Galveston, Texas~ The Menard House
The Summer had just begun and it was time to plan a road trip using our Green Book Traveler for the Green Book Project presented by The Idea Fund. We decided to head 45 mins South of Houston to the Gulf Coast, Galveston, Texas.
The date we choose was very influential. We decided to head to the island on Sunday June 18th as the island prepared for its annual Juneteenth Celebration on Monday June 19th. The Holiday of Juneteenth began in Galveston. Every year they honor this date with reenactments, prayer breakfast’s, parades, and festivities. After reaching out to a friend at the Historical Foundation of Galveston, we gathered the websites and information to plan a fun Historical Trip.
The Green Book highlighted several locations in Galveston beginning in 1939 with two Tourist Homes (Ms. Pope & Miss. Freeman). A tourist home in The Green Book, was a home that you would contact prior to your travel dates and arrange a visit. It would be a safe environment for anyone traveling through the area. One home seemed to still remain (Miss G.H. Freeman), but it was a little uncertain if it was the original home.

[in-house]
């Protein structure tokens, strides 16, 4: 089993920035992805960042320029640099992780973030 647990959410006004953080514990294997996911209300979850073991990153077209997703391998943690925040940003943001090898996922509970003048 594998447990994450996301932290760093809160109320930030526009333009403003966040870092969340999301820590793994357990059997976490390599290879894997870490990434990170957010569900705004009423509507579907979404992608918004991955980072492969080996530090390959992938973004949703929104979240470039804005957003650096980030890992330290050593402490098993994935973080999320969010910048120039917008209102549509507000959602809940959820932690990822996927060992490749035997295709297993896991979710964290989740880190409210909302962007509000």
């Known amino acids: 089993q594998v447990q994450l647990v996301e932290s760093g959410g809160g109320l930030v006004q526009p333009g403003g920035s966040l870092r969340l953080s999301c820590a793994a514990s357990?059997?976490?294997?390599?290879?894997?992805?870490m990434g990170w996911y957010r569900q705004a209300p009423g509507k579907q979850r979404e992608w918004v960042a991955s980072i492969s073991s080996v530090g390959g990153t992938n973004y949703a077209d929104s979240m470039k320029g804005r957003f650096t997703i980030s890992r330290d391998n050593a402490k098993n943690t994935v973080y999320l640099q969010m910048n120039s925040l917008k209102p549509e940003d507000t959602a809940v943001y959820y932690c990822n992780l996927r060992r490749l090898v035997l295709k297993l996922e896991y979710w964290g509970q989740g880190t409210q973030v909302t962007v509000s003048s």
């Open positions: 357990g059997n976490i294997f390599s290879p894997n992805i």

Our family was excited and invited to stay at The Menard Home, while visiting the island by the Historical Foundation of Galveston. The Menard home was the oldest and first built home on the island being built in 1838. Mr. Menard was the founder of the island of Galveston and a large Cotton plantation owner. We started the trip off learning, reading, exploring, touring and seeing new things in this fascinating home. We took our time to learn about the founder and diversity of this island from Nick, our Tour Guide during our stay. He was well rounded and full of information that would help us capture the Jim Crow Era in Galveston.
We understood that Galveston was a very diverse community very early on. Being the main port and railway, Galveston was the second riches city compared to New York City at one time. As the city developed and grew different areas would appear as areas for Blacks, Sailors, Rail men, etc.. Blacks could vacation and enjoy the island, without feeling extremely discriminated against. Black businesses, churches, and people were scattered around the island.